The other method is to take the used cooking oil to a recycling center or biodiesel station to be used in biodiesel fuel. Certain states have recycling programs specifically for things like this. Use this Recycling Locator to find a recycling center near you that accepts used cooking oil.
3. Compost it
Composting is a great way to recycle food scraps and other organic waste materials like eggshells and banana peels. You can add it to your compost bin along with other greasy foods like bacon grease or chicken fat (in very minimal amounts!). The heat generated by composting will turn the grease into liquid again as it decomposes, which makes it easier for plants to absorb nutrients from this waste product instead of ending up in our waterways where it contributes to algae blooms in lakes and rivers (which are harmful to wildlife).
4. Make soap with it
Rather than dispose of cooking oil, use it to make soap! You can either buy a kit from the store, or you can make your own―it’s fun, and it makes for a great activity to do with kids. There are several good how-to videos on YouTube to show you how.
5. Repurpose it as a non-toxic insecticide
Cooking oil can be used as a substitute for weed-killer. When combined with water, cooking oil becomes a natural, non-toxic insecticide, keeping bugs away from plants.
Cooking Oil Disposal Don’ts:
Never pour oil down the drain
Don’t pour it down the drain. The kitchen sink is designed to handle water and soap scum, but it is not equipped to handle oil.
Oil is difficult to remove from pipes once it has solidified, so never pour cooled cooking oil down the drain or leave it in a sink full of water.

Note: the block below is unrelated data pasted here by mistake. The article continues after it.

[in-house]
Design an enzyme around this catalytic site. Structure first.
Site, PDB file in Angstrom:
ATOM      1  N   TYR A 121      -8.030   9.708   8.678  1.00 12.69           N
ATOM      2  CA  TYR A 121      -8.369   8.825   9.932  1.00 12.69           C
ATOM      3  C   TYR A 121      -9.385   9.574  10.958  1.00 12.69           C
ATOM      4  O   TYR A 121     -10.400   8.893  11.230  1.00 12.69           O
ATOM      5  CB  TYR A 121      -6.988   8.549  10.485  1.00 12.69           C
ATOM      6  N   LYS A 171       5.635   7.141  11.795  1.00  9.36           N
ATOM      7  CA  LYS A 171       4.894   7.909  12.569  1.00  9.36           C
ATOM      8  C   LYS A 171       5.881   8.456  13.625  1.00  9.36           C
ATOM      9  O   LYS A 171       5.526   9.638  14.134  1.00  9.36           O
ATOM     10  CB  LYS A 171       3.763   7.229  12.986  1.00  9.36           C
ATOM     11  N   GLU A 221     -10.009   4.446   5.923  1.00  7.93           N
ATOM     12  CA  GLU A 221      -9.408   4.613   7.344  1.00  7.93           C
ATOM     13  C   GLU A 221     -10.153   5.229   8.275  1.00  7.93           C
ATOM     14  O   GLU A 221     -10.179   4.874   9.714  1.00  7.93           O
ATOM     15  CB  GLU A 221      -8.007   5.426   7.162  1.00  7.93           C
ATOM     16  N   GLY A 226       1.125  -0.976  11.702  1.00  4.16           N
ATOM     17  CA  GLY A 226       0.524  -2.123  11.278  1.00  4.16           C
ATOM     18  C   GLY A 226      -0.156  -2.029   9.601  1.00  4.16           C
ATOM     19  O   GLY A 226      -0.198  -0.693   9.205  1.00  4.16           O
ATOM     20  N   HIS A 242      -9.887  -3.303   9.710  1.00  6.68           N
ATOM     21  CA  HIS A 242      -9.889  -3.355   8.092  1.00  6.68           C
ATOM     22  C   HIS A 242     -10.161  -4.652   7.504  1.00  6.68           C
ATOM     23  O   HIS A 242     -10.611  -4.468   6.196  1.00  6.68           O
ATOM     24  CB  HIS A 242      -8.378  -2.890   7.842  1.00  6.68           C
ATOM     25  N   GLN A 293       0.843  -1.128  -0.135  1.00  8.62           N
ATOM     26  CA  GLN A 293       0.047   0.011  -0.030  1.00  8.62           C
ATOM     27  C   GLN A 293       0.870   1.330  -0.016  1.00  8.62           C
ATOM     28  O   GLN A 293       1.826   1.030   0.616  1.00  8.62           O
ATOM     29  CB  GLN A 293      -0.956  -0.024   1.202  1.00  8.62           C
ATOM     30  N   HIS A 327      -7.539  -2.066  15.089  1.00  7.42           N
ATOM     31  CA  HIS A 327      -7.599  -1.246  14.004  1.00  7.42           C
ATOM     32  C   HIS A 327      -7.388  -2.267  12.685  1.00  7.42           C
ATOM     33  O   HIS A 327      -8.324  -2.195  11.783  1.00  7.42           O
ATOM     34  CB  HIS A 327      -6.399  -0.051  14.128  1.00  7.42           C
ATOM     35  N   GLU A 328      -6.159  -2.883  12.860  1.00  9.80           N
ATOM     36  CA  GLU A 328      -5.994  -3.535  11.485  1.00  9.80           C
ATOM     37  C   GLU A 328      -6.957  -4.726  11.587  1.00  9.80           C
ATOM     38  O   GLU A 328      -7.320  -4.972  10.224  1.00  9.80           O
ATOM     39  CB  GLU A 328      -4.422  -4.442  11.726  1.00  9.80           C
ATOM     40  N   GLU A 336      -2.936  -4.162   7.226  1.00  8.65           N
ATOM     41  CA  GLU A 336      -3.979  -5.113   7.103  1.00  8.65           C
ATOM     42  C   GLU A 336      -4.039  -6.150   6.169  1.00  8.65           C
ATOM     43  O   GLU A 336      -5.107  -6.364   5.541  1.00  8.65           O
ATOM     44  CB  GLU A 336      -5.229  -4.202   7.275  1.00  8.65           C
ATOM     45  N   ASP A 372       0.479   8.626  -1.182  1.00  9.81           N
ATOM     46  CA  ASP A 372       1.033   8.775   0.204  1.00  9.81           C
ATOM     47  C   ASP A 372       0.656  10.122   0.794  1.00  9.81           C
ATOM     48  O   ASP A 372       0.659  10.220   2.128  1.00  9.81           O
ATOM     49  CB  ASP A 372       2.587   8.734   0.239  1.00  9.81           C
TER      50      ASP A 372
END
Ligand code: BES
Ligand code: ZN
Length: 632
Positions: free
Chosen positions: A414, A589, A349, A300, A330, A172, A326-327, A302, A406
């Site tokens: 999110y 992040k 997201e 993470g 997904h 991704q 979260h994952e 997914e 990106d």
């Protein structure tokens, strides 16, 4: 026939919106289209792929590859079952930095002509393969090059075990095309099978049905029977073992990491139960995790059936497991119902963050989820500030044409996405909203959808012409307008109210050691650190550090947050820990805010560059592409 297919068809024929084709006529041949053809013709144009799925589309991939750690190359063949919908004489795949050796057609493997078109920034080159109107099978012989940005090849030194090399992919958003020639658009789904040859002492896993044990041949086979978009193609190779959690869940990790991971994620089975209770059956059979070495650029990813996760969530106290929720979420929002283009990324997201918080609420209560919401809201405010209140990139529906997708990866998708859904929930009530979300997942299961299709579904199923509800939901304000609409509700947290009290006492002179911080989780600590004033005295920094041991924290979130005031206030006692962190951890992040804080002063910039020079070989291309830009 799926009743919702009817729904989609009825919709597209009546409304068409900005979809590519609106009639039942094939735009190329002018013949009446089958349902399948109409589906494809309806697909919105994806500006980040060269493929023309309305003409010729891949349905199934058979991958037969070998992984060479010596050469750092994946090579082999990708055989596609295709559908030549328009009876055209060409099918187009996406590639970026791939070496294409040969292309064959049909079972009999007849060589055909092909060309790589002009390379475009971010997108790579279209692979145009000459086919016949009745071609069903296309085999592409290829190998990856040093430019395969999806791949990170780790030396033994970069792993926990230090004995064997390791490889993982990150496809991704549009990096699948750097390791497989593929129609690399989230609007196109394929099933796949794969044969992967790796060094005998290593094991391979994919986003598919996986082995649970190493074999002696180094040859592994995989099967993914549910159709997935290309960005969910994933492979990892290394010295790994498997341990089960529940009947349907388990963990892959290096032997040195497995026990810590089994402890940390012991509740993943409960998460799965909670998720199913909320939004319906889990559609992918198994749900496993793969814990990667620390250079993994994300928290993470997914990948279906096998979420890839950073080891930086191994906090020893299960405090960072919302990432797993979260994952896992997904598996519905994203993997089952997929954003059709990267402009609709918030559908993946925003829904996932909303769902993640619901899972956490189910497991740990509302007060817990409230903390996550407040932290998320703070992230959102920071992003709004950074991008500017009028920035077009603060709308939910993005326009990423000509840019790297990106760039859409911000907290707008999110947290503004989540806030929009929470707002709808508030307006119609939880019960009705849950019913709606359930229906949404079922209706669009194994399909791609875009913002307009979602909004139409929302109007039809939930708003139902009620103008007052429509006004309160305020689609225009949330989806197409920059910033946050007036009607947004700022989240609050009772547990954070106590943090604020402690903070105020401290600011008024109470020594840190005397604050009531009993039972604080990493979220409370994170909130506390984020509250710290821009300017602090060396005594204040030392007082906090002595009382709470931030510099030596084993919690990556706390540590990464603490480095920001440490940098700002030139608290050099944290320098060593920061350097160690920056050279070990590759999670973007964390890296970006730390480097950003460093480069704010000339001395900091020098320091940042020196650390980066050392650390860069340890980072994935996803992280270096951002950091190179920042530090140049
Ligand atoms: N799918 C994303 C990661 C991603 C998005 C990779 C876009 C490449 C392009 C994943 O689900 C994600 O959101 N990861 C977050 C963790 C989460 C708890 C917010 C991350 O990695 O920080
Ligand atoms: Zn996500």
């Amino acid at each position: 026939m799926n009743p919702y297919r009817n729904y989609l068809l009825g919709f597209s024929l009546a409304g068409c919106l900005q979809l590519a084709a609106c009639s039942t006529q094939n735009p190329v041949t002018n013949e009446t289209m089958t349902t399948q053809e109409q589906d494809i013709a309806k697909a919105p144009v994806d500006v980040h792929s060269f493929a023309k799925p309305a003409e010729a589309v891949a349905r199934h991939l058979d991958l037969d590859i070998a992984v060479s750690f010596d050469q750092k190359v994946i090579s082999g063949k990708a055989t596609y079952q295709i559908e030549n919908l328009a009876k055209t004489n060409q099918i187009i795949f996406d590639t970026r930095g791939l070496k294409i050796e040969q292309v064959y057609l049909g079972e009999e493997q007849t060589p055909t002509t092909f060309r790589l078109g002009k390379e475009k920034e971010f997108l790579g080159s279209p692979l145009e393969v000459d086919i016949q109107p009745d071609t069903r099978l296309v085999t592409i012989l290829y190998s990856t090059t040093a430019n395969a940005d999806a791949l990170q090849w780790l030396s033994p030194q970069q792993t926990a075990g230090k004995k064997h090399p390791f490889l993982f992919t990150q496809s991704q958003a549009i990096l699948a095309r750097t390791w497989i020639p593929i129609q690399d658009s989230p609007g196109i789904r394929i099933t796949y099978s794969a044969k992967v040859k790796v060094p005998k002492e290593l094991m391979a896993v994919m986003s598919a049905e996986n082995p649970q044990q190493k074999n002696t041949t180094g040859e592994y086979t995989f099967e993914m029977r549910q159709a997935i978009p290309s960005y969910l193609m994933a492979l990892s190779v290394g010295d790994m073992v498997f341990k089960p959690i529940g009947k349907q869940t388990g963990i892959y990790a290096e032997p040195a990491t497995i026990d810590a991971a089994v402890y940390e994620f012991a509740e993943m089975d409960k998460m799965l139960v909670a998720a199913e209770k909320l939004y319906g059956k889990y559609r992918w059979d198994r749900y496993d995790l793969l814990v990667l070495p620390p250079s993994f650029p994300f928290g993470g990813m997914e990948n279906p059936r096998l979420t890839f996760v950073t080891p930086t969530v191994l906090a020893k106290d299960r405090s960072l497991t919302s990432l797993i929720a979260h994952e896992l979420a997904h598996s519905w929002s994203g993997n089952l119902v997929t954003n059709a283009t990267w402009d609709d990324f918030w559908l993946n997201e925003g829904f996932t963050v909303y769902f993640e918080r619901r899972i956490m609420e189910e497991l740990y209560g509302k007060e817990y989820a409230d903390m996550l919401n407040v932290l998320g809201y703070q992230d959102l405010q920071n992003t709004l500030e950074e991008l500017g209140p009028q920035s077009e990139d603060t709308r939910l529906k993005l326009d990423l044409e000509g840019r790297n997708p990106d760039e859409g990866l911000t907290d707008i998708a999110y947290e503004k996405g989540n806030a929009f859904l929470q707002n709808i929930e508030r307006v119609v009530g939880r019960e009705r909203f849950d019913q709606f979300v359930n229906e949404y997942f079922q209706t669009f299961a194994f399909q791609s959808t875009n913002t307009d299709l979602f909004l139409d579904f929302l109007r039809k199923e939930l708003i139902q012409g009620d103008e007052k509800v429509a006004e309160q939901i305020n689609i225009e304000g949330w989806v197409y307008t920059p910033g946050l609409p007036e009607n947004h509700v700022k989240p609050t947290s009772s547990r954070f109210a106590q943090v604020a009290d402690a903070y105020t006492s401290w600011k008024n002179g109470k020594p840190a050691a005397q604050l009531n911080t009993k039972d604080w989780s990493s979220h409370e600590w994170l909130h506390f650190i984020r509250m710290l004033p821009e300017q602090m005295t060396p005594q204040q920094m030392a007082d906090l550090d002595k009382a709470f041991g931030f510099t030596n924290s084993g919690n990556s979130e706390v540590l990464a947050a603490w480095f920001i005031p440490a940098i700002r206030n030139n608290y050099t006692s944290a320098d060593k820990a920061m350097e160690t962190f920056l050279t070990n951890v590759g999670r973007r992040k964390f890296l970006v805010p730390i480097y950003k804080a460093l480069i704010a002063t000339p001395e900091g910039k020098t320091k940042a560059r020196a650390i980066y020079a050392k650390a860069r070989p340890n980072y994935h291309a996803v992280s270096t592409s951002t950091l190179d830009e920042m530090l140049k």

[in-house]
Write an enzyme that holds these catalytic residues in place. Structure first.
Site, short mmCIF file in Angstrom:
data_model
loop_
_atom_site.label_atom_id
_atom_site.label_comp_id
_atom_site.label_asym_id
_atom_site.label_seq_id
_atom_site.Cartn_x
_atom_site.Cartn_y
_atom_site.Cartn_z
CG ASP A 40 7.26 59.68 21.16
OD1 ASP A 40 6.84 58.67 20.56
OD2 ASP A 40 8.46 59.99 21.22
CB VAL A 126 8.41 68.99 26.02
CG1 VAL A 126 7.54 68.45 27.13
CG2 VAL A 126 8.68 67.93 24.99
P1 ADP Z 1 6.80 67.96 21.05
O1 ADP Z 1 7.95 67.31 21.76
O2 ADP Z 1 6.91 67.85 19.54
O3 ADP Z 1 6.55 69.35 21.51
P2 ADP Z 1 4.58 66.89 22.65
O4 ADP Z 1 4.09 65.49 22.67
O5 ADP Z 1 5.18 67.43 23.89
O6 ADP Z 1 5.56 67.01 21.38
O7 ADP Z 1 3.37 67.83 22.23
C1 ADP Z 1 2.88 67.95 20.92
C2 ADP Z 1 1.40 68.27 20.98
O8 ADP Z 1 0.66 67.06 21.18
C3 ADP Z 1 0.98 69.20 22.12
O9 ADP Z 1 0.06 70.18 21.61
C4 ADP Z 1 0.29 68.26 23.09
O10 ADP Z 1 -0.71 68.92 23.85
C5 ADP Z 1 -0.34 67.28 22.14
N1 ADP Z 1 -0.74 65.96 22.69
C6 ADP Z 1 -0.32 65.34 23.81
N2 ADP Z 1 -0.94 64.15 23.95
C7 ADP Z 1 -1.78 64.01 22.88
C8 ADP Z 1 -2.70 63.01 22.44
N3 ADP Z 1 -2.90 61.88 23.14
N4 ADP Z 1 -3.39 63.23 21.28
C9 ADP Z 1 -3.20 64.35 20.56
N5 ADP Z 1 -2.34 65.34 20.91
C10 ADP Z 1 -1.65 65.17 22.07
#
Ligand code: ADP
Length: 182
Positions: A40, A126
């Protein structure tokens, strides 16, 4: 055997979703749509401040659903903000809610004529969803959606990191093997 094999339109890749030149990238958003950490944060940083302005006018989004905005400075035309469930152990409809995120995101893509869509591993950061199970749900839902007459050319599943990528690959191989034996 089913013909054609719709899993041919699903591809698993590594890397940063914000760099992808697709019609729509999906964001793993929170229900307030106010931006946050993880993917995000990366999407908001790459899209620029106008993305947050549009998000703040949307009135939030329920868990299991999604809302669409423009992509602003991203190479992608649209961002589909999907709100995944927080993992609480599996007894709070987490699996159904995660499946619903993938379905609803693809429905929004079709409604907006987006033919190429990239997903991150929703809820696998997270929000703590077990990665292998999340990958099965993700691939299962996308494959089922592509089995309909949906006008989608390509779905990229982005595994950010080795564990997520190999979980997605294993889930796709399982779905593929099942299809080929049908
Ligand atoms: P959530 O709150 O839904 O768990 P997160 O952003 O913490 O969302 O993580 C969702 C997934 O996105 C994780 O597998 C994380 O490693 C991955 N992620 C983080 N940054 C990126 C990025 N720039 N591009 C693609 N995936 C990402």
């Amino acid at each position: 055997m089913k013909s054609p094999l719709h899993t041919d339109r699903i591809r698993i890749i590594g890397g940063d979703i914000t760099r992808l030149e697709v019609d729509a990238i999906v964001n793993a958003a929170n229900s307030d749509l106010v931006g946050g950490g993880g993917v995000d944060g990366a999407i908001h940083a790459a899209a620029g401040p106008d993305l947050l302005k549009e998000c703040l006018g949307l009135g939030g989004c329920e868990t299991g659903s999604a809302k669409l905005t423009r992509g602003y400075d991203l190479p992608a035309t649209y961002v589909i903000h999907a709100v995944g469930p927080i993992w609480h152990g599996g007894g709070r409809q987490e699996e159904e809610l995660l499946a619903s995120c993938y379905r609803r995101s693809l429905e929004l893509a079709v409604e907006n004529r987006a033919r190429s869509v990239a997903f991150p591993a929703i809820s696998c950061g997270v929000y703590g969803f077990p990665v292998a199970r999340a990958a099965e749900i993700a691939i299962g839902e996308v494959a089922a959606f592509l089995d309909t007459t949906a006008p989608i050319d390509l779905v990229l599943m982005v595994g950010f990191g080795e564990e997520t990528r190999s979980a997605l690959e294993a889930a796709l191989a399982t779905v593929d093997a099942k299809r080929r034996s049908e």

When the oil cools down, it gets thick and sticky, which makes it harder for the water to wash away during its normal cycle through your pipes. When this happens, the oils in the grease can build up over time and cause clogs or leaks in your sewer system.
Don’t store it in your pantry
Cooking oil can be stored for several months when refrigerated, but if it’s left out in a pantry or cabinet, it can go rancid quickly. When this happens, the oil will develop an unpleasant odor and taste.
Cooks should also be aware that storing cooking oil in the wrong container can cause leaks that damage other items in your kitchen.
Don’t pour it down the toilet
The same problems can arise from pouring used cooking oil down the toilet as from pouring it down the sink. In this case, we are dealing with pipes in bathrooms, sewage pipes, etc. A second factor is that oil moves slower than water. As a result, it will mix with other stuff and clog the whole system.
The Bottom Line on Used Cooking Oil Disposal
Before you dispose of cooking oil, make sure that you’ve kept the container in a safe and sanitary condition, and that you are disposing of it as safely as possible. In any case, it’s always a good idea to check with your city or county government for additional disposal methods.
To cut down on cooking oil waste, use only the amount you need at one time, store the rest in an airtight container and keep it in a cool place away from direct sunlight for no more than three months.